Senior editor Nate Blakeslee joined the staff in 2006. He is the author of Tulia: Race, Cocaine, and Corruption in a Small Texas Town, a book based on a story he broke in 2000 about a police corruption scandal in the Texas Panhandle. His original story, for the Texas Observer, was a finalist for a National Magazine Award, the magazine industry’s highest honor, and led to follow-up coverage in the national and international media. In 2001 Blakeslee was named a finalist for the Livingston Young Journalist Award, and in 2004 he won the Hugh M. Hefner First Amendment Award for his drug war reporting in the Observer. Blakeslee’s reporting on Tulia eventually resulted in a major reorganization of the state’s drug enforcement bureaucracy and the exoneration of some three dozen wrongfully convicted individuals. The book, which was supported by a Soros Justice Fellowship from the Open Society Institute, was featured on a number of year-end lists of best books and was named a Notable Book of 2005 by the New York Times. It won the J. Anthony Lukas book prize and the Texas Institute of Letters best book of nonfiction prize and was a finalist for the PEN/Martha Albrand Award for first nonfiction. In 2007, while Blakeslee was a contributing writer for the Observer, he broke the story of sexual misconduct at a Texas Youth Commission prison for juveniles in the West Texas town of Pyote. The events described in the award-winning story became a major scandal and led to the firing or resignation of virtually all of the agency’s top officials in Austin and the indictment of two former officials at the prison. Blakeslee was recognized by the Texas Legislature for his reporting on the story. He was born and raised in Arlington and has a master’s degree in American Studies from the University of Texas at Austin, where his field of study was the civil rights movement. He lives in Austin with his wife, Karen Poff, and their two children.
Jamie Meltzer, a documentarian, talks about his new film “Freedom Fighters,” about a grassroots detective agency started by a group of exonerees in Dallas.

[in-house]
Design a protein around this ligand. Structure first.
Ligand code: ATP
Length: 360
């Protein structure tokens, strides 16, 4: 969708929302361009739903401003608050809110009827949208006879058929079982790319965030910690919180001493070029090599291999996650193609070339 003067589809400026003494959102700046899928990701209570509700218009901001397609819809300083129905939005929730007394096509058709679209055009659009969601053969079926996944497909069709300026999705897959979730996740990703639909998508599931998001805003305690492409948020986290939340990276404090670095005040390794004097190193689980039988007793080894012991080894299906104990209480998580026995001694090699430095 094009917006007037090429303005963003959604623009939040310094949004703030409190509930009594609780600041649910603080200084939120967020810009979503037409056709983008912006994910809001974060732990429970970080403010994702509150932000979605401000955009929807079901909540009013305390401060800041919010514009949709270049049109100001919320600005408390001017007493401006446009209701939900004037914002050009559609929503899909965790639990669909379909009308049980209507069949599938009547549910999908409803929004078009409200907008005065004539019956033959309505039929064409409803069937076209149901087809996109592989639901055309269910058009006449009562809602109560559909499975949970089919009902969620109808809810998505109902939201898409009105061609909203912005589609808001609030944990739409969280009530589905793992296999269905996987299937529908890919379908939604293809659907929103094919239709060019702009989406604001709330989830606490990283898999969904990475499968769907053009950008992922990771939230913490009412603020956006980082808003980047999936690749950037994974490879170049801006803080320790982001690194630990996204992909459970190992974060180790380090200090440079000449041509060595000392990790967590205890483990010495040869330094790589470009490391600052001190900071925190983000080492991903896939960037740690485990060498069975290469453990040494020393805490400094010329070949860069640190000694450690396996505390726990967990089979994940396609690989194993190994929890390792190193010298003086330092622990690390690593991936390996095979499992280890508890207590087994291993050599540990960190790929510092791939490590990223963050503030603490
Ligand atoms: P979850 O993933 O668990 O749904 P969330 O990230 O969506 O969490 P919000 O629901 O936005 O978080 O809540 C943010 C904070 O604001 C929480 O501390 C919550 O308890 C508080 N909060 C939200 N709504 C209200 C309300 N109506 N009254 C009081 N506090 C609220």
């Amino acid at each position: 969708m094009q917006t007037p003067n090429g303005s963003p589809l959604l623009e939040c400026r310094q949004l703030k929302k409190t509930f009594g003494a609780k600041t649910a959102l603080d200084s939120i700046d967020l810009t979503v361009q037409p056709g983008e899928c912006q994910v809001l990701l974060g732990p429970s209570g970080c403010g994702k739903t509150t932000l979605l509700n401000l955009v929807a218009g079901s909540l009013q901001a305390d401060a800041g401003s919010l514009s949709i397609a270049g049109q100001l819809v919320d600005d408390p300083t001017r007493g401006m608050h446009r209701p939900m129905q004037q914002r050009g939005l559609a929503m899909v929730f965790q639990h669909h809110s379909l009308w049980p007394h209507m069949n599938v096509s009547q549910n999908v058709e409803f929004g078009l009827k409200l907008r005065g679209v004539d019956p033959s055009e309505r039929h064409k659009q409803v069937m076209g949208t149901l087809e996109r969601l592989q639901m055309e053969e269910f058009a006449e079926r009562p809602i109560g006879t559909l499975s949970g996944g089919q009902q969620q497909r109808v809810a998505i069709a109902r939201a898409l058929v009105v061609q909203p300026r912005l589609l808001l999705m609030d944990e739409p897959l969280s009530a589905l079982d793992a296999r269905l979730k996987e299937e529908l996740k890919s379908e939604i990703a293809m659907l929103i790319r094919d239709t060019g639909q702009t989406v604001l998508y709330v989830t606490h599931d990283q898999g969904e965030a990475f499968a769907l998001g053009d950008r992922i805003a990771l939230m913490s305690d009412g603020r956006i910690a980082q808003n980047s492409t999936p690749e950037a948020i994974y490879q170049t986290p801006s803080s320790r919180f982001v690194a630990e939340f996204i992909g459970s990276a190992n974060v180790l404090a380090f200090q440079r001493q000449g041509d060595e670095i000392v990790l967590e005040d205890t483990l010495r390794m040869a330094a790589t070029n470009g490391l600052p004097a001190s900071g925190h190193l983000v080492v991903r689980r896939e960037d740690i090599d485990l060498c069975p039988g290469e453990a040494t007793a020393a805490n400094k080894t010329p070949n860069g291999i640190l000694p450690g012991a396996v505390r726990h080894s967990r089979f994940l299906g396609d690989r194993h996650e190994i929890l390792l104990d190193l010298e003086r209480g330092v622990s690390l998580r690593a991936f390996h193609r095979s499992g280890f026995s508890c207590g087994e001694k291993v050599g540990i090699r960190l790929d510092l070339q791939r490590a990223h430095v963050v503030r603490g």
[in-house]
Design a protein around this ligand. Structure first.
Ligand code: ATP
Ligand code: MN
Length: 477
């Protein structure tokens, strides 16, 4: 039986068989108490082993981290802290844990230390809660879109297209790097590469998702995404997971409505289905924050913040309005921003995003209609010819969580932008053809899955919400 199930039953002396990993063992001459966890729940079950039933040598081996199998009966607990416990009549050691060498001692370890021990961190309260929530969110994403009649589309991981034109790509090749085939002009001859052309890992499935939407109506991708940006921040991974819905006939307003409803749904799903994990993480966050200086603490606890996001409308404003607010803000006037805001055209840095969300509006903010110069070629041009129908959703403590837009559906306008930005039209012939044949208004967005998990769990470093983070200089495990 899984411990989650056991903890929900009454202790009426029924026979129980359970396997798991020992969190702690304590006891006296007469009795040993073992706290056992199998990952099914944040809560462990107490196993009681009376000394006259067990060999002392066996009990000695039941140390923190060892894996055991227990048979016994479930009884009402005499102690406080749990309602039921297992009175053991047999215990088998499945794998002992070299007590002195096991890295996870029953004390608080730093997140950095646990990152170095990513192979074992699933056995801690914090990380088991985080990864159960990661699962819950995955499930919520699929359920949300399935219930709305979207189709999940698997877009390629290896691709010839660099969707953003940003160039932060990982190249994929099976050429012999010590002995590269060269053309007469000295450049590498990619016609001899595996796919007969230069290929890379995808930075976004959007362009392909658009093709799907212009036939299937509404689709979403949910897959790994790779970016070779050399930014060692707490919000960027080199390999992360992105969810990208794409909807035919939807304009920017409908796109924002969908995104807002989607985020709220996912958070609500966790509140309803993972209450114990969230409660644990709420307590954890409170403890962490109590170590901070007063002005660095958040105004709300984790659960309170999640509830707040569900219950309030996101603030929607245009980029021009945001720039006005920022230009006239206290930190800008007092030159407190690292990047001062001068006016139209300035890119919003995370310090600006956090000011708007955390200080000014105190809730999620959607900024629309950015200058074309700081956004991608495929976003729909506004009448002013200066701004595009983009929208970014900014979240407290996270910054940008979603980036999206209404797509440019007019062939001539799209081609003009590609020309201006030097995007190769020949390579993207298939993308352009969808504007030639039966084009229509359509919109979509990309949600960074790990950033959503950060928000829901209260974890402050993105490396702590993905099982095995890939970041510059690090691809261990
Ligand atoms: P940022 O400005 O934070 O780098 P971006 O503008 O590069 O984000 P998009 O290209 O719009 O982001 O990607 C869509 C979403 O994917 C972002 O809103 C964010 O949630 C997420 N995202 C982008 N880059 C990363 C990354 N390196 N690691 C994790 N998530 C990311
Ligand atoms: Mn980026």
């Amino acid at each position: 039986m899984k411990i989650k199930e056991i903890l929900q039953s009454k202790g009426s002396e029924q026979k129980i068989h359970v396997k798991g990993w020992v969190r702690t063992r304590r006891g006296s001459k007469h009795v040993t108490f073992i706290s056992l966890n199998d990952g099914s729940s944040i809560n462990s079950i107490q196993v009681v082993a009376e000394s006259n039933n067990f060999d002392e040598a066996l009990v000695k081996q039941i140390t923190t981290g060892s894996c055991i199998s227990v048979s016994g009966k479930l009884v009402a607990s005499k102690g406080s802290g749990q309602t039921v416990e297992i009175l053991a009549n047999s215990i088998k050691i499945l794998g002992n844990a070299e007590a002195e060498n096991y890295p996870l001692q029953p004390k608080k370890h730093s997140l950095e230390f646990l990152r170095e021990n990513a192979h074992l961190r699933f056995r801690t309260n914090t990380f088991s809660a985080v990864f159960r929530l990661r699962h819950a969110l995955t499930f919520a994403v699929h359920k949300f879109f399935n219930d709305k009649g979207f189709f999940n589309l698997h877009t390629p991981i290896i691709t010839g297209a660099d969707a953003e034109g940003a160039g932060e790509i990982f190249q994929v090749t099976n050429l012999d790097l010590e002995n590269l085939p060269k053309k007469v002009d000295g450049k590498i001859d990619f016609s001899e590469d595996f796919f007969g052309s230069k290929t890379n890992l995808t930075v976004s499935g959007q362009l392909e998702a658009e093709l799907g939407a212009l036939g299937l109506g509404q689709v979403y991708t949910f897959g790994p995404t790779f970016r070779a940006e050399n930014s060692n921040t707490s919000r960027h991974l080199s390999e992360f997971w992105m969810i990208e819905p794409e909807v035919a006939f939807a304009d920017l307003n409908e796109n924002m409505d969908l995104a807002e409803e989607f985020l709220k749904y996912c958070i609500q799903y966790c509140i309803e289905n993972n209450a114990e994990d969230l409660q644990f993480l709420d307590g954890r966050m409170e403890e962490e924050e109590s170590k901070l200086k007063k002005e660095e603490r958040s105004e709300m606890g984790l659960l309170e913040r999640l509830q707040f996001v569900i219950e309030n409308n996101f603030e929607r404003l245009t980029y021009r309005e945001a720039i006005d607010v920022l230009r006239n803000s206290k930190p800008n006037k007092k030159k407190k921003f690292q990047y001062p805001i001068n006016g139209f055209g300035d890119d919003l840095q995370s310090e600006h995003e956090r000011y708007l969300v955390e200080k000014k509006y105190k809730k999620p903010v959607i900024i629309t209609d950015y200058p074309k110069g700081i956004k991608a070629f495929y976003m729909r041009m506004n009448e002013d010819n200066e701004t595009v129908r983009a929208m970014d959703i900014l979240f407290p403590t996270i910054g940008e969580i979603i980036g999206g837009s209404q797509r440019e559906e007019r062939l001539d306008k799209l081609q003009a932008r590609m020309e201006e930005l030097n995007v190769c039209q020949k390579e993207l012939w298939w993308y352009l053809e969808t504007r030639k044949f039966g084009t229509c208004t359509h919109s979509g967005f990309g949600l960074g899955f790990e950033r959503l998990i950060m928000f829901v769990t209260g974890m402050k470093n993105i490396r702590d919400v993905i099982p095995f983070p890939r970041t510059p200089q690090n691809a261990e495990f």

Over the past two decades a movement to increase the importance of standardized testing in public schools has swept across the country. It was born in Texas. Is Texas also where it might die?
For the Eighty-second Legislature (our twentieth at the Capitol), everything old was new again: the state faced a budget deficit; the governor harbored presidential ambitions; the members of the Best list were hard to find; and the names on the Worst list picked themselves.
Reflecting on his ten years as the executive director of the Center for Public Policy Priorities, a center-left think tank based in Austin, Scott McCown makes the case for why some Texans should be paying higher taxes and explains why Governor Perry’s Texas doesn’t work for everyone.
Ron Paul may be out of office, but he’s still trying to save the country from itself.
An El Paso police investigator bullied sixteen-year-old Daniel Villegas into falsely confessing to two murders. Where were his parents? Where was his lawyer? And why, after eighteen years in prison, does the district attorney want to keep him locked up?
The Legislature was looking in the wrong place when it tried to solve the state’s water crisis.
Marc Levin, the director of the Center for Effective Justice and co-founder of Right on Crime, makes the fiscal conservative’s argument for closing correctional facilities.
Why are Texas police officers confiscating property from people who haven’t committed a crime?
Heightened security measures along the border—including a dramatic increase in personnel and highly sophisticated military equipment—have made that part of our state resemble a war zone. As violent clashes with Mexican citizens increase, a crucial question emerges: Who will hold the U.S. Border Patrol accountable?
How a big chunk of East Texas might end up underwater to keep Dallas swimming in growth potential.
If the Border Patrol really wants to be more transparent, it should release key surveillance footage of questionable shooting incidents.
Filmmaker Darius Clark Monroe discusses “Evolution of a Criminal,” a riveting work of self-examination.